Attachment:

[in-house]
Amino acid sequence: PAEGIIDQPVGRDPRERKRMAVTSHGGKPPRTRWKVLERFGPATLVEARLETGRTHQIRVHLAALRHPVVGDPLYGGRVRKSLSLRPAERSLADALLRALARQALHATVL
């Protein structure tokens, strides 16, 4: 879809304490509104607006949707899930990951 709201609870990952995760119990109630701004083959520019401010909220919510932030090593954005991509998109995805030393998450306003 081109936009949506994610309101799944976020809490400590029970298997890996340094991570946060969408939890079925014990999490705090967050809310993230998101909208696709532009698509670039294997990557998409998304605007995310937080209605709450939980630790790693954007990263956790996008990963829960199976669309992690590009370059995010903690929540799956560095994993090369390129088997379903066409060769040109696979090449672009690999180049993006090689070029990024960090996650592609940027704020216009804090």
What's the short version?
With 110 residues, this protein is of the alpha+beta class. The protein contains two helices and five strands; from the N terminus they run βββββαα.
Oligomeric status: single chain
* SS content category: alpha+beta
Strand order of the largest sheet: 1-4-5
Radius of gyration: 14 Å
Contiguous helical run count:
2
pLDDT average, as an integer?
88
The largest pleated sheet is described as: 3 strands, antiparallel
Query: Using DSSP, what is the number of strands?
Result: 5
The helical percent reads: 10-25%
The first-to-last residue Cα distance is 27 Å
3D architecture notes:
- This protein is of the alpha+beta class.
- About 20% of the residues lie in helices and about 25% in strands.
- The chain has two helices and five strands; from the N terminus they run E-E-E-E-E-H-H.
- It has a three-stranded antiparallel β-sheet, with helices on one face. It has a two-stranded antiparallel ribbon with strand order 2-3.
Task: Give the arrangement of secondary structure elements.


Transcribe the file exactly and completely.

[in-house]
Amino acid sequence: PAEGIIDQPVGRDPRERKRMAVTSHGGKPPRTRWKVLERFGPATLVEARLETGRTHQIRVHLAALRHPVVGDPLYGGRVRKSLSLRPAERSLADALLRALARQALHATVL
């Protein structure tokens, strides 16, 4: 879809304490509104607006949707899930990951 709201609870990952995760119990109630701004083959520019401010909220919510932030090593954005991509998109995805030393998450306003 081109936009949506994610309101799944976020809490400590029970298997890996340094991570946060969408939890079925014990999490705090967050809310993230998101909208696709532009698509670039294997990557998409998304605007995310937080209605709450939980630790790693954007990263956790996008990963829960199976669309992690590009370059995010903690929540799956560095994993090369390129088997379903066409060769040109696979090449672009690999180049993006090689070029990024960090996650592609940027704020216009804090």
What's the short version?
With 110 residues, this protein is of the alpha+beta class. The protein contains two helices and five strands; from the N terminus they run βββββαα.
Oligomeric status: single chain
* SS content category: alpha+beta
Strand order of the largest sheet: 1-4-5
Radius of gyration: 14 Å
Contiguous helical run count:
2
pLDDT average, as an integer?
88
The largest pleated sheet is described as: 3 strands, antiparallel
Query: Using DSSP, what is the number of strands?
Result: 5
The helical percent reads: 10-25%
The first-to-last residue Cα distance is 27 Å
3D architecture notes:
- This protein is of the alpha+beta class.
- About 20% of the residues lie in helices and about 25% in strands.
- The chain has two helices and five strands; from the N terminus they run E-E-E-E-E-H-H.
- It has a three-stranded antiparallel β-sheet, with helices on one face. It has a two-stranded antiparallel ribbon with strand order 2-3.
Task: Give the arrangement of secondary structure elements.